Spain's four-decade baby-snatching nightmare: What motivated the abductions?
Nobody knows exactly how many Spanish women were victims of the baby-snatching industry. Because it seemed to operate with the willful ignorance -- at the very least -- of the state, and with the collusion of the Catholic Church, the record keeping was abysmal - probably deliberately.
Women, who were told their babies had died in childbirth or shortly thereafter, were not given death certificates, were not allowed to see their allegedly deceased children, or were shown what they now believe to be other dead children and told they were theirs.Spain probes thousands of alleged baby abductions
The effect is that any Spanish woman who lost a baby in childbirth during that period -- or was told she did -- now wonders if that supposedly dead child is a living adult somewhere. And anyone in Spain born in the 1970s or 80s who knows he or she was adopted is wondering whether they were stolen from their natural mother, who now thinks they're dead.
The political context is important. The abductions seem to have peaked in the latter decades of the Franco era and the years that followed.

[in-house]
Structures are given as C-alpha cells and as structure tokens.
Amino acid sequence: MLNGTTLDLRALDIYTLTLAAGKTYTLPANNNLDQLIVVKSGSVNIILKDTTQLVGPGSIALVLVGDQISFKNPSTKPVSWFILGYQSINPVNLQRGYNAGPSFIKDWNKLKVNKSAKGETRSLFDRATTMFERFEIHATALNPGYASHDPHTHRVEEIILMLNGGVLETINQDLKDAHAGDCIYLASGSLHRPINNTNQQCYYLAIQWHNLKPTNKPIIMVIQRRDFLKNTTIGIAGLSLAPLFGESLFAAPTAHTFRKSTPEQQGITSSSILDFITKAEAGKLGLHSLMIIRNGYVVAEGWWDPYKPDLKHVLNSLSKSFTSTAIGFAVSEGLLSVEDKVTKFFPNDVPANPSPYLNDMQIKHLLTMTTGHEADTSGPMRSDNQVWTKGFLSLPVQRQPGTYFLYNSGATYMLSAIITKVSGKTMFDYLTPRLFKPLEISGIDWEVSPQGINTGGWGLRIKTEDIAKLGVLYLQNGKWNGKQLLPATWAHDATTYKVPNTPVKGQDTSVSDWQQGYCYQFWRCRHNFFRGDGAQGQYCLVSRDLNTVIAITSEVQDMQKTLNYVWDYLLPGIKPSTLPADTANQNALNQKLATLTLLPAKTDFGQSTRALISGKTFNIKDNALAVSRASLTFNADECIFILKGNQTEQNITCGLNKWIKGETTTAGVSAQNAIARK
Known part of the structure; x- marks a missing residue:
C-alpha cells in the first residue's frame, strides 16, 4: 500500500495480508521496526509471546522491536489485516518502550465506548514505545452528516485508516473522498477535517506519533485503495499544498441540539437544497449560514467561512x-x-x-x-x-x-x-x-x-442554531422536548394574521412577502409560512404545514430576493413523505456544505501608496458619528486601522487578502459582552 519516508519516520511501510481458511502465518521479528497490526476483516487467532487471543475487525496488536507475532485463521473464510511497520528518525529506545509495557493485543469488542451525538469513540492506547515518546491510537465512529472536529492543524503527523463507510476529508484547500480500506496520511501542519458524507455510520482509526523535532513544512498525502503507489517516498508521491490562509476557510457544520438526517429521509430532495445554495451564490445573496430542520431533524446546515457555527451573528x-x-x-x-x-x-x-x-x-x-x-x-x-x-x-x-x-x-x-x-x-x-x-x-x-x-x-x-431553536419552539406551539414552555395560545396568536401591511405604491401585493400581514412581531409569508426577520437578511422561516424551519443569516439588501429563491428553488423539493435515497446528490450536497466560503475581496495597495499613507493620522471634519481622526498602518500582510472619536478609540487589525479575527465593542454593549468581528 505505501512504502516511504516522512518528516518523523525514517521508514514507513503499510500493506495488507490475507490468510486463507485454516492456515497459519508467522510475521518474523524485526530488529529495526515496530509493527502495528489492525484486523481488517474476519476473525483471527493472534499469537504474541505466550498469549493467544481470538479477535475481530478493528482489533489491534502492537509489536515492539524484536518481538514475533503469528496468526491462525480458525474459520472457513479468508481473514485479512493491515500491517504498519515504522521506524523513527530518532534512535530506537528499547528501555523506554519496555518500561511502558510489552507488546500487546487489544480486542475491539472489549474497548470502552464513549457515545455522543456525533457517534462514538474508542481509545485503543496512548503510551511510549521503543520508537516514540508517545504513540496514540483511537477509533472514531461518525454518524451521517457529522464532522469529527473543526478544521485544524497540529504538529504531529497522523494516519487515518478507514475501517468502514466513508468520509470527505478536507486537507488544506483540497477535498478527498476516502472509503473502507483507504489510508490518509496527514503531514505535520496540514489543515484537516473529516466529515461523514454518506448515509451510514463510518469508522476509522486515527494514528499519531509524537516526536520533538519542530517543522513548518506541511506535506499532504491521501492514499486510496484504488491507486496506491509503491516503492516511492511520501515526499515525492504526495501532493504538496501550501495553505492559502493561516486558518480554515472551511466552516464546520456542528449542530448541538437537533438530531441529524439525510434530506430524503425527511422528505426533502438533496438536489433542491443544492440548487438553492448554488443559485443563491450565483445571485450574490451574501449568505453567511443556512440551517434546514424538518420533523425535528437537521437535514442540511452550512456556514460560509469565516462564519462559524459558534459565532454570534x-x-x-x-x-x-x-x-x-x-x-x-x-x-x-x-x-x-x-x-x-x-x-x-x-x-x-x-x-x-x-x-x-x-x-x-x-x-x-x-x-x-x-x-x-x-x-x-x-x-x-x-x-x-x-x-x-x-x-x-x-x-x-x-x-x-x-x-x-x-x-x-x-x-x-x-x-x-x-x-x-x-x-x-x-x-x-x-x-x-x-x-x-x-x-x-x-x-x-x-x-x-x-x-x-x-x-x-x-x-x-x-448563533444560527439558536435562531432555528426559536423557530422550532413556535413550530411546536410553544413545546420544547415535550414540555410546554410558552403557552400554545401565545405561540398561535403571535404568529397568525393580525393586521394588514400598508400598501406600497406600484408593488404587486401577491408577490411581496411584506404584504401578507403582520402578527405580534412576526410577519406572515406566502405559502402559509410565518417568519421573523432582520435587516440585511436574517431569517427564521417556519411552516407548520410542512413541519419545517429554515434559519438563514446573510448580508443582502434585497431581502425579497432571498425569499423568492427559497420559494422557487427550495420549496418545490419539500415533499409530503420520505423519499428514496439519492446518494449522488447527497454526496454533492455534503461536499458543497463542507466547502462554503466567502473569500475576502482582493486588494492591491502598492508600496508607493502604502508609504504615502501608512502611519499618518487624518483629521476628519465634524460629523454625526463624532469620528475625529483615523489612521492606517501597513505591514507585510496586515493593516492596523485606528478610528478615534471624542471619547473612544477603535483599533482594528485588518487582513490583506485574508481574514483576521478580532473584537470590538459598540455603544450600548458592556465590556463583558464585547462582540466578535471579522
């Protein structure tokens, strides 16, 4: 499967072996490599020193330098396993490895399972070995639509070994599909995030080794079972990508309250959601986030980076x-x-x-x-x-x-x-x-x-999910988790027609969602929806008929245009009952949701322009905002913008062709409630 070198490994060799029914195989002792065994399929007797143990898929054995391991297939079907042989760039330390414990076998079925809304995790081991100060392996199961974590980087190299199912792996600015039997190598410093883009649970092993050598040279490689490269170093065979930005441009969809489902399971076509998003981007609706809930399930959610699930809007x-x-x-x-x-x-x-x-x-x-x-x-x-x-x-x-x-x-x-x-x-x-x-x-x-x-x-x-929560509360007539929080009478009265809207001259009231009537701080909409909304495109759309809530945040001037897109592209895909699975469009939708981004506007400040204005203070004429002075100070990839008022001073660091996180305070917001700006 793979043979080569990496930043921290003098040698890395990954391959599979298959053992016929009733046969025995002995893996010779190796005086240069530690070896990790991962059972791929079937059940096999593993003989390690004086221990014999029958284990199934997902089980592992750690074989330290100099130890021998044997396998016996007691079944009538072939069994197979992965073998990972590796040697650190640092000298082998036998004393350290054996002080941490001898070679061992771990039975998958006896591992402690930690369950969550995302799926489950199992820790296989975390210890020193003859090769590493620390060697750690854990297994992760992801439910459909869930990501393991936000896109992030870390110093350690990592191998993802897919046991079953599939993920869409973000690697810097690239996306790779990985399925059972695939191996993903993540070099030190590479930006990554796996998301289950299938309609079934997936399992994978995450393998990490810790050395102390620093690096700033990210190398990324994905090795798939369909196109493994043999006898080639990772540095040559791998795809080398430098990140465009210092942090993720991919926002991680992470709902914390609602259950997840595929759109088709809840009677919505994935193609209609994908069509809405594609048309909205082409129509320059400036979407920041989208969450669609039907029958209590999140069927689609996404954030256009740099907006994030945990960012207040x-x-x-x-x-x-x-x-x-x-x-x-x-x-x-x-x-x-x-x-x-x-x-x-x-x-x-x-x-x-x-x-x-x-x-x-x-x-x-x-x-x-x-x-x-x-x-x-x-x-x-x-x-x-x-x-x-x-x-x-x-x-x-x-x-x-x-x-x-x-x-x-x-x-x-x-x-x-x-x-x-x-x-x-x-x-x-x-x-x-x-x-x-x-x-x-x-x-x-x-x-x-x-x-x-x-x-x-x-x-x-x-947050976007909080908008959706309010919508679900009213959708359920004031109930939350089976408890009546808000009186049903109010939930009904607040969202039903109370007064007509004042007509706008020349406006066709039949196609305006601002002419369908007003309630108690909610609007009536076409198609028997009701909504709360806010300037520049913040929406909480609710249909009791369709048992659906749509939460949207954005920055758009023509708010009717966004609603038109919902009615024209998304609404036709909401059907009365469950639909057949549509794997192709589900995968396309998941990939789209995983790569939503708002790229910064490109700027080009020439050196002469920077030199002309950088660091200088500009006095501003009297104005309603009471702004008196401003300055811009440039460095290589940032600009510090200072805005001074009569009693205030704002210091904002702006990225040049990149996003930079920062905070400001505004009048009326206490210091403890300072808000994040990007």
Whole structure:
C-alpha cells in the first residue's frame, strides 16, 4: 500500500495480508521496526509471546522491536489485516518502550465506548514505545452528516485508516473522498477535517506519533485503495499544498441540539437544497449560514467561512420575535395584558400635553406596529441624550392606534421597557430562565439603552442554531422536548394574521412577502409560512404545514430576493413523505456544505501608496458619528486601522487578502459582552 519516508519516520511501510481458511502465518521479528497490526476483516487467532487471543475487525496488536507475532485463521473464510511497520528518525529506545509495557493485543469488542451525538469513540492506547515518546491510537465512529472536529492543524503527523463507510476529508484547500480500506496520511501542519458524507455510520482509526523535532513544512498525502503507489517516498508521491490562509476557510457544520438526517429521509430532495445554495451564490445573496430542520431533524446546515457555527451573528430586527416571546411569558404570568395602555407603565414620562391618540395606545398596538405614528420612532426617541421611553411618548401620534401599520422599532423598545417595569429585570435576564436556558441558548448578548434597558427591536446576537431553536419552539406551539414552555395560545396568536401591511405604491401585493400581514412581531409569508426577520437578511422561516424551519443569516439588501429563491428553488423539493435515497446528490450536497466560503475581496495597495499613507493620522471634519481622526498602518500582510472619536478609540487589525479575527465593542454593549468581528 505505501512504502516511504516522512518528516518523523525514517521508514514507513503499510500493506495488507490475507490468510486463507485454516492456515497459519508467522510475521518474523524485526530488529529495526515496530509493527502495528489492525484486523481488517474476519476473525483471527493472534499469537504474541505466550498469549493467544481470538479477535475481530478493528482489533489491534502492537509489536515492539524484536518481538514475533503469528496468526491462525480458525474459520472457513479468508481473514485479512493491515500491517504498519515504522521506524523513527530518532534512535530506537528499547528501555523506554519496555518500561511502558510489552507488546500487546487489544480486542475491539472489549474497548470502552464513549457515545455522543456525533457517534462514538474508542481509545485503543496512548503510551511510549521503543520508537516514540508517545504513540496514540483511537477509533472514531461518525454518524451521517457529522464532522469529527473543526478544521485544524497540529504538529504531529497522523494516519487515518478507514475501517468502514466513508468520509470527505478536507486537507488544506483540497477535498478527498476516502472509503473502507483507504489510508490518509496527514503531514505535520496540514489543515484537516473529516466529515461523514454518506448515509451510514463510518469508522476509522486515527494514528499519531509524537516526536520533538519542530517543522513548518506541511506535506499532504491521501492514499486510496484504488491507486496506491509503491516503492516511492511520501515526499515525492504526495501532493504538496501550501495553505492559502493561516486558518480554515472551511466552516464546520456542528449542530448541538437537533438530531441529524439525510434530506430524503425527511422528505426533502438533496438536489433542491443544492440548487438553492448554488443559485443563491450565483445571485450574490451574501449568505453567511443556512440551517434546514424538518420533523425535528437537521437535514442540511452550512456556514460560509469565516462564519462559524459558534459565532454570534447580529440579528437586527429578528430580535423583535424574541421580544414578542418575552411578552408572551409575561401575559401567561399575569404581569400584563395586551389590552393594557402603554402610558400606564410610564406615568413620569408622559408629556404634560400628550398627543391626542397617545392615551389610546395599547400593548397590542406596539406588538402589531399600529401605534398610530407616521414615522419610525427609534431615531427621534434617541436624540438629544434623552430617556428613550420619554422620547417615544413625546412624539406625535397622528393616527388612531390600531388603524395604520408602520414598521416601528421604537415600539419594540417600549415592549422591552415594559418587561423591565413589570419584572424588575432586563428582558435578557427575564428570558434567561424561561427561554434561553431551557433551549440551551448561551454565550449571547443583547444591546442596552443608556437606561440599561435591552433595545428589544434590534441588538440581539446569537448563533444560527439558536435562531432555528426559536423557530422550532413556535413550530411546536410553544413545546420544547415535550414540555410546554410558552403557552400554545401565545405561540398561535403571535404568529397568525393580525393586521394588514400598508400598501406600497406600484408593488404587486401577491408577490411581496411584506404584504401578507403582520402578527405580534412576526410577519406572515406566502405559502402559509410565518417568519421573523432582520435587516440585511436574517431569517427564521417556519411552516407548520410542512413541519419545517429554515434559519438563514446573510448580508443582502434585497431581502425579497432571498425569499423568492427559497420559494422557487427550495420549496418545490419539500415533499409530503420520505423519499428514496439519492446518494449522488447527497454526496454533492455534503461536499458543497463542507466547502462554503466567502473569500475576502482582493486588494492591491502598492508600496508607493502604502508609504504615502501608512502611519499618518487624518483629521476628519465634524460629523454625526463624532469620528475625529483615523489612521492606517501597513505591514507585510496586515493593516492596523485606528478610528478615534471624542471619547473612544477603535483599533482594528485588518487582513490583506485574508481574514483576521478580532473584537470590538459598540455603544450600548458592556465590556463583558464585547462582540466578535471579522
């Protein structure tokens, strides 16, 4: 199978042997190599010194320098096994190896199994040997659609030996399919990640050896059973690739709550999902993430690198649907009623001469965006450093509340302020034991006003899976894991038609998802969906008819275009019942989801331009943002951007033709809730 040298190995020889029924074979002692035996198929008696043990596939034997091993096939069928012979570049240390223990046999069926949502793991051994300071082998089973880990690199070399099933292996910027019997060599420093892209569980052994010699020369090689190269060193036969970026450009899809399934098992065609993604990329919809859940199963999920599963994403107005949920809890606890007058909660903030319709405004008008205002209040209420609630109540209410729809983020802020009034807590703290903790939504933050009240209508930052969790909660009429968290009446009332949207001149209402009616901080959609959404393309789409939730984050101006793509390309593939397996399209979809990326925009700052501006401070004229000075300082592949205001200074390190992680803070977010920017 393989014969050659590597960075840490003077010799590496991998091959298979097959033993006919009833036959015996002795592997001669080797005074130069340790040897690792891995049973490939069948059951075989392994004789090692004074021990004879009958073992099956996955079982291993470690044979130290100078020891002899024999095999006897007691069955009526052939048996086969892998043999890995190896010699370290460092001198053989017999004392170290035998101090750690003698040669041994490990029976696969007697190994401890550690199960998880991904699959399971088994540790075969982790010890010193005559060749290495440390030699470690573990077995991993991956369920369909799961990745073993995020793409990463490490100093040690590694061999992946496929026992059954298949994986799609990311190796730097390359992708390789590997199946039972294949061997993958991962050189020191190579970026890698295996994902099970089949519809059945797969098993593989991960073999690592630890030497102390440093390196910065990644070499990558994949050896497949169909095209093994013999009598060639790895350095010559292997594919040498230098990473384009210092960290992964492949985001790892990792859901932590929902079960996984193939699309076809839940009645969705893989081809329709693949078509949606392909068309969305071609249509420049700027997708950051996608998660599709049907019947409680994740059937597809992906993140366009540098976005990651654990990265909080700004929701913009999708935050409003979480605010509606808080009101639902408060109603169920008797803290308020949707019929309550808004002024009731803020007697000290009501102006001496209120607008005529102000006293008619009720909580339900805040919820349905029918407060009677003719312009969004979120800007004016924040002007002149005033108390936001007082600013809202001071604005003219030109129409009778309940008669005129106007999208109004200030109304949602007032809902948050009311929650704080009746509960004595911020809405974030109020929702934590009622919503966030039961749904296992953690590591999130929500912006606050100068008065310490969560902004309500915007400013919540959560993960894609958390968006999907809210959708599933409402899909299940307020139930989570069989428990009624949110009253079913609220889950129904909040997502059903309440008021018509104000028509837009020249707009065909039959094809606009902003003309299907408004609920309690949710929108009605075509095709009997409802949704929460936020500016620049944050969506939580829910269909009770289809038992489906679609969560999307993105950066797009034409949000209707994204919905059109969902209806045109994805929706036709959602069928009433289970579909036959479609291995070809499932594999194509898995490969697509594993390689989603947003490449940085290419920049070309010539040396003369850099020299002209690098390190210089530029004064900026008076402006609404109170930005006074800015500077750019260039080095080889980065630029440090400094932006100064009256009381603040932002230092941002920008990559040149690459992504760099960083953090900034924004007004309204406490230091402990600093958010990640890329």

Francisco Franco's fascists controlled Spain with an iron fist from 1939 -- when they finally emerged victorious at the end of the extremely bitter Spanish Civil War -- until his death in 1975. But his favored elites, in government, in the various professional establishments (legal, medical) and in The Church, continued to operate in the transitional years toward democracy.
What was the motivation for the abductions? There are plenty of theories. One is that the children of parents thought to be morally wanting -- maybe single mothers, maybe left-leaning politically -- were prime targets to be moved to more politically correct (right-wing, Catholic) families.
But the dominant theory is more basic than that: money.
The babies were sold, the proceeds pocketed or perhaps put to causes favored by those involved.
A Madrid lawyer who is representing several of the women claims there may have been as many as 300,000 cases. That's a lot of money. But the cost to the mothers involved cannot be measured.
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